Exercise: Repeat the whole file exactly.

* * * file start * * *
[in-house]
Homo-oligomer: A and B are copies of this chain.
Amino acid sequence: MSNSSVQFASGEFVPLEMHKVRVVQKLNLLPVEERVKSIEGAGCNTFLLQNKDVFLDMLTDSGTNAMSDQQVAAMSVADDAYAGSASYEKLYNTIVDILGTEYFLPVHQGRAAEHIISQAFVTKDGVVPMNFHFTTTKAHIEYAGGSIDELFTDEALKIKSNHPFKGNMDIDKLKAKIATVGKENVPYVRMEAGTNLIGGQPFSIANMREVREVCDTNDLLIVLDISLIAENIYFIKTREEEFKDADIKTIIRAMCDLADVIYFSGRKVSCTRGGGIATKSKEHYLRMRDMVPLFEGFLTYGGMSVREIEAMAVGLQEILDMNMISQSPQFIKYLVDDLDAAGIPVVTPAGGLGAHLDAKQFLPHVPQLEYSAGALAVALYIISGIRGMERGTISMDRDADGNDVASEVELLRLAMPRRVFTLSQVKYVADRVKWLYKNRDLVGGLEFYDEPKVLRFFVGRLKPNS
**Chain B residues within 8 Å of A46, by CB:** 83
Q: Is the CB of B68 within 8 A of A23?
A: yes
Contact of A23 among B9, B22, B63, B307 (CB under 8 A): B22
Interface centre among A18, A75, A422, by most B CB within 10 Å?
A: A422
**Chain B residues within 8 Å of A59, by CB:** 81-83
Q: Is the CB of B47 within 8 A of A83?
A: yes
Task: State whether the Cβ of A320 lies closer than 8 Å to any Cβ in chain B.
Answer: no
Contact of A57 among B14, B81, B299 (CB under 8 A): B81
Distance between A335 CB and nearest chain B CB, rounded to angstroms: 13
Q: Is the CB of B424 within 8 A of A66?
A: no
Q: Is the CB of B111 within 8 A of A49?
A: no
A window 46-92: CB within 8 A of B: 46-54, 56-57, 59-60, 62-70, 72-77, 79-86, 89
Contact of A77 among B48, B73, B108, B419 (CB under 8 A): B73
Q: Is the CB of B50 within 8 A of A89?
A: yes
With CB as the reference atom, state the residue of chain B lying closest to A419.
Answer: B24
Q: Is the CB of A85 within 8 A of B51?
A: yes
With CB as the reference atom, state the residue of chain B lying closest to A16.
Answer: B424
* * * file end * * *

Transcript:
[in-house]
Homo-oligomer: A and B are copies of this chain.
Amino acid sequence: MSNSSVQFASGEFVPLEMHKVRVVQKLNLLPVEERVKSIEGAGCNTFLLQNKDVFLDMLTDSGTNAMSDQQVAAMSVADDAYAGSASYEKLYNTIVDILGTEYFLPVHQGRAAEHIISQAFVTKDGVVPMNFHFTTTKAHIEYAGGSIDELFTDEALKIKSNHPFKGNMDIDKLKAKIATVGKENVPYVRMEAGTNLIGGQPFSIANMREVREVCDTNDLLIVLDISLIAENIYFIKTREEEFKDADIKTIIRAMCDLADVIYFSGRKVSCTRGGGIATKSKEHYLRMRDMVPLFEGFLTYGGMSVREIEAMAVGLQEILDMNMISQSPQFIKYLVDDLDAAGIPVVTPAGGLGAHLDAKQFLPHVPQLEYSAGALAVALYIISGIRGMERGTISMDRDADGNDVASEVELLRLAMPRRVFTLSQVKYVADRVKWLYKNRDLVGGLEFYDEPKVLRFFVGRLKPNS
**Chain B residues within 8 Å of A46, by CB:** 83
Q: Is the CB of B68 within 8 A of A23?
A: yes
Contact of A23 among B9, B22, B63, B307 (CB under 8 A): B22
Interface centre among A18, A75, A422, by most B CB within 10 Å?
A: A422
**Chain B residues within 8 Å of A59, by CB:** 81-83
Q: Is the CB of B47 within 8 A of A83?
A: yes
Task: State whether the Cβ of A320 lies closer than 8 Å to any Cβ in chain B.
Answer: no
Contact of A57 among B14, B81, B299 (CB under 8 A): B81
Distance between A335 CB and nearest chain B CB, rounded to angstroms: 13
Q: Is the CB of B424 within 8 A of A66?
A: no
Q: Is the CB of B111 within 8 A of A49?
A: no
A window 46-92: CB within 8 A of B: 46-54, 56-57, 59-60, 62-70, 72-77, 79-86, 89
Contact of A77 among B48, B73, B108, B419 (CB under 8 A): B73
Q: Is the CB of B50 within 8 A of A89?
A: yes
With CB as the reference atom, state the residue of chain B lying closest to A419.
Answer: B24
Q: Is the CB of A85 within 8 A of B51?
A: yes
With CB as the reference atom, state the residue of chain B lying closest to A16.
Answer: B424